Student mental health is a top-of-mind issue for every school district in the country. Recent surveys show superintendents in every state identify “adolescents in crisis” as a top concern in their schools as serious mental-health-related crises now affect more than a third of adolescents in the U.S.
There are various barriers to adolescent mental health support at schools, ranging from social stigma to inefficient care coordination. These barriers prevent students, parents, and staff from responding to mental health challenges in a timely and effective manner, leaving many students vulnerable and unable to receive help when they need it most.
This resource is part of the Meet the Unprecedented Demand for Mental Health Care in Schools Roadmap. Access the Roadmap for stepwise guidance with additional tools and research.
Four preventable barriers to K-12 mental health impact
While mental health issues have become more visible, continued stigma hinders identification, referrals, and support efforts. Districts must move beyond Mental Health Month and instead promote year-round awareness campaigns that reach both students and their families.
Current efforts to identify students of concern allow too many students to remain unnoticed and unsupported until they end up in crisis. Districts must develop a “safety net” of processes and protocols to identify students in need and quickly refer them to the services that they require.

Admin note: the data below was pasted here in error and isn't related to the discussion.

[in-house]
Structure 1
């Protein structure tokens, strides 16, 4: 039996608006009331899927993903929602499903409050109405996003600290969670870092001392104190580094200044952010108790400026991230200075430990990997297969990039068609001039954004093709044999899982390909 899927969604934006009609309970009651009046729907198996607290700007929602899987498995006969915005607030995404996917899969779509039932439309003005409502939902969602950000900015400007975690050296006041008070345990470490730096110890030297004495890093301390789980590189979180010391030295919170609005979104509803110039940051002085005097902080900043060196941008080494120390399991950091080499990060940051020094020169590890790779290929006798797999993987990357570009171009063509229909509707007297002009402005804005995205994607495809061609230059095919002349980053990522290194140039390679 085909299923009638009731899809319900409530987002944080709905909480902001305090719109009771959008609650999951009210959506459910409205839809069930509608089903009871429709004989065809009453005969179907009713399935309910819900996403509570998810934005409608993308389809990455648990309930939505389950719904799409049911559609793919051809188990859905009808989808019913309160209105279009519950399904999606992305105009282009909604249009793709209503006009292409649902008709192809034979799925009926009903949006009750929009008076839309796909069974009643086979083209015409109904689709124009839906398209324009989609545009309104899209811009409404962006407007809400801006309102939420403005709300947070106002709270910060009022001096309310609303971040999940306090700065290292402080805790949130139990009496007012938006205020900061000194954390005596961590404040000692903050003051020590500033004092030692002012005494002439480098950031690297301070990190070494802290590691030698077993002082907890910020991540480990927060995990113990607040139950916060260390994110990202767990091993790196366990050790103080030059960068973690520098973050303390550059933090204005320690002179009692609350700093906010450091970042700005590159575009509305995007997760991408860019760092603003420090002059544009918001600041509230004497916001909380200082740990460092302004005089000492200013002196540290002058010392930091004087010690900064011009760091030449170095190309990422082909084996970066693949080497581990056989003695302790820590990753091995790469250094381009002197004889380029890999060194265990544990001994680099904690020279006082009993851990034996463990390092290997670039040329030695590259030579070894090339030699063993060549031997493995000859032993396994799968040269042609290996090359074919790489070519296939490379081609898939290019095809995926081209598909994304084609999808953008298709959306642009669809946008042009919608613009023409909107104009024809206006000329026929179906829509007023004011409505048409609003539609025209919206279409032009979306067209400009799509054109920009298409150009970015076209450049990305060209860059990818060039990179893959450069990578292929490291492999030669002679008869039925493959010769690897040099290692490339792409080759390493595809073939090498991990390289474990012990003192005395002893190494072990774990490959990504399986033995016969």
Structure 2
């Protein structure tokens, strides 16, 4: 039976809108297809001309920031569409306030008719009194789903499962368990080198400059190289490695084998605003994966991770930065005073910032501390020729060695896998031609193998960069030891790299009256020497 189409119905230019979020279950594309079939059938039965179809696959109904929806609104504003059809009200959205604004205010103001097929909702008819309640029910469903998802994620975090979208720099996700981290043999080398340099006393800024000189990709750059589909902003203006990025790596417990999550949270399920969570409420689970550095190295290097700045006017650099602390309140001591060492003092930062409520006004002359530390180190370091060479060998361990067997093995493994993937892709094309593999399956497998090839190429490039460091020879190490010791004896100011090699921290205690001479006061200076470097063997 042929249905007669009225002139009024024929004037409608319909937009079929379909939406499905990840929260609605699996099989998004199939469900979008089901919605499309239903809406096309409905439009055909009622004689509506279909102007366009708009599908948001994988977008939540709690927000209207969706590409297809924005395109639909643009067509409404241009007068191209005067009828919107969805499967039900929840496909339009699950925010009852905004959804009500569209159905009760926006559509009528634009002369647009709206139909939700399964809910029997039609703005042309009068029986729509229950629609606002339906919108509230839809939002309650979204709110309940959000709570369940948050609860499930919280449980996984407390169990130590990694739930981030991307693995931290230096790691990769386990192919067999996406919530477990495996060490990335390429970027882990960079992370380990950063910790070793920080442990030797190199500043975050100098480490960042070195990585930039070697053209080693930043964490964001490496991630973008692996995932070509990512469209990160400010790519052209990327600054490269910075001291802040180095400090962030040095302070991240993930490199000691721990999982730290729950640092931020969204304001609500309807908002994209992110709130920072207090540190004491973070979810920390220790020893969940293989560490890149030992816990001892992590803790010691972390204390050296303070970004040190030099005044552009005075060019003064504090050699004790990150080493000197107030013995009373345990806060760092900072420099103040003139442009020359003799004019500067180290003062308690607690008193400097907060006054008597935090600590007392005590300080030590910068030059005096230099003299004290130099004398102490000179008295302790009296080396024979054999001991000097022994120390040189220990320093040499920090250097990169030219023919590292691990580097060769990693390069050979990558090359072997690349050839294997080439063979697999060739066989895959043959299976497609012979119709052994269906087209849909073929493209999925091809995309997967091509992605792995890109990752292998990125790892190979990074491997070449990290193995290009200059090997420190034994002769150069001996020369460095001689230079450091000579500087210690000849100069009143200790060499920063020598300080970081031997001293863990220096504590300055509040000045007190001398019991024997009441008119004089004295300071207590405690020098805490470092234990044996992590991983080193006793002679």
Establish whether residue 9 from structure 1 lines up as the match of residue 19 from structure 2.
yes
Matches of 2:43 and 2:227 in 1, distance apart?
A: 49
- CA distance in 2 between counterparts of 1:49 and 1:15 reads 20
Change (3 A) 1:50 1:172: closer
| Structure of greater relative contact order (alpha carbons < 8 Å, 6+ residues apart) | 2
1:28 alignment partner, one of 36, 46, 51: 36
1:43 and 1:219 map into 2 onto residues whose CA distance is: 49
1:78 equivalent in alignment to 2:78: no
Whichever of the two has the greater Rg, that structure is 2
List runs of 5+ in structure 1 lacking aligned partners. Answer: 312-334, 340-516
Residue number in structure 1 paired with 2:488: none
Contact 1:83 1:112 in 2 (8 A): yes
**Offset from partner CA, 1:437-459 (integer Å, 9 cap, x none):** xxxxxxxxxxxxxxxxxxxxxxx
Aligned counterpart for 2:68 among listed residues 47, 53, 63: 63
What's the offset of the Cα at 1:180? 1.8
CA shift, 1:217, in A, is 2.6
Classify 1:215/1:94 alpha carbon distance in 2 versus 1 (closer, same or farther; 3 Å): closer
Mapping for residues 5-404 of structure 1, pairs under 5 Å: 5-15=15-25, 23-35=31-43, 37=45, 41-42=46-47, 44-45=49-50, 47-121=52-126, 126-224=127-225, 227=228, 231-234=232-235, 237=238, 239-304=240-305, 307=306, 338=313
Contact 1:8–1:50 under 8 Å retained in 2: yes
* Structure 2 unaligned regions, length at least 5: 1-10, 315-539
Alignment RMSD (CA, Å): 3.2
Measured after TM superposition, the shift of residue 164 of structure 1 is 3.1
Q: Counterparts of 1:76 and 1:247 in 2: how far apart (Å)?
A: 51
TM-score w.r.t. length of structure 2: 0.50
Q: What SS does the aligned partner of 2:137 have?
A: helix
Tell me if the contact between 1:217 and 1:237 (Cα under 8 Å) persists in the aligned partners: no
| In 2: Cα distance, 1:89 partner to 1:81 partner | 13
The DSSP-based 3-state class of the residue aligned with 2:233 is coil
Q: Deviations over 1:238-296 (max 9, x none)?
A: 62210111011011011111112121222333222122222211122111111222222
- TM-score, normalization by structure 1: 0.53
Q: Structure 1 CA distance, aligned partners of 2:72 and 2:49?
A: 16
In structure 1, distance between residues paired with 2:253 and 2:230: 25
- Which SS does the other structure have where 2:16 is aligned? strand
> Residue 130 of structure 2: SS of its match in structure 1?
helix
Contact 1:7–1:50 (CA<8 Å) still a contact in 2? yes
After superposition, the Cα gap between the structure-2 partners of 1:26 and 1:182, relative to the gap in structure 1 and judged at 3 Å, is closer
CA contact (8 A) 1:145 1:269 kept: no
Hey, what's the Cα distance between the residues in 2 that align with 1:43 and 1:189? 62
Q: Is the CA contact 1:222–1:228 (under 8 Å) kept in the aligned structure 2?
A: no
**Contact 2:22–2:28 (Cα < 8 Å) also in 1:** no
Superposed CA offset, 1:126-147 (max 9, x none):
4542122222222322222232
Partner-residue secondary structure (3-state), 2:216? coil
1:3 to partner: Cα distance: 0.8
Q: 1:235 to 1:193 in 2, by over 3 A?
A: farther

Districts do not use all available avenues to deliver in-house care effectively, and coordination with community mental health resources is often inconsistent. Delivering scalable access to clinical care and establishing joint standards of practice between the district and community are the first steps that every district should be taking to ensure that the right supports are available to every student.
Poor information-sharing and lack of coordination between districts and external care providers harm student outcomes. Successful reintegration of students into a school post-crisis is perhaps the greatest area of weakness in the provision of mental health care for districts across the country.
Nationwide, a handful of innovative districts have developed replicable and scalable practices that address each of these four barriers. Our researchers collated these practices that any district can use to build a coordinated cascade of mental health services that will effectively support students in crisis.
More resources to support K-12 mental health
School leaders are reporting unprecedented levels of student stress. Although some contributing factors are beyond a school’s control, EAB can provide actionable strategies to address the challenge of student mental health and wellness.
This webconference will discuss how students at Oxford High School in Michigan started a project called, “13 Reasons Why Not,” publicly sharing their own experiences with suicidal ideation and what gave them the strength to live and overcome their problems.
Use this diagnostic to improve managing behavioral disruptions in early grades. These questions are structured according to four key areas of opportunity.
Incorporate social-emotional support services for secondary students into school culture to provide academic and social support for secondary students.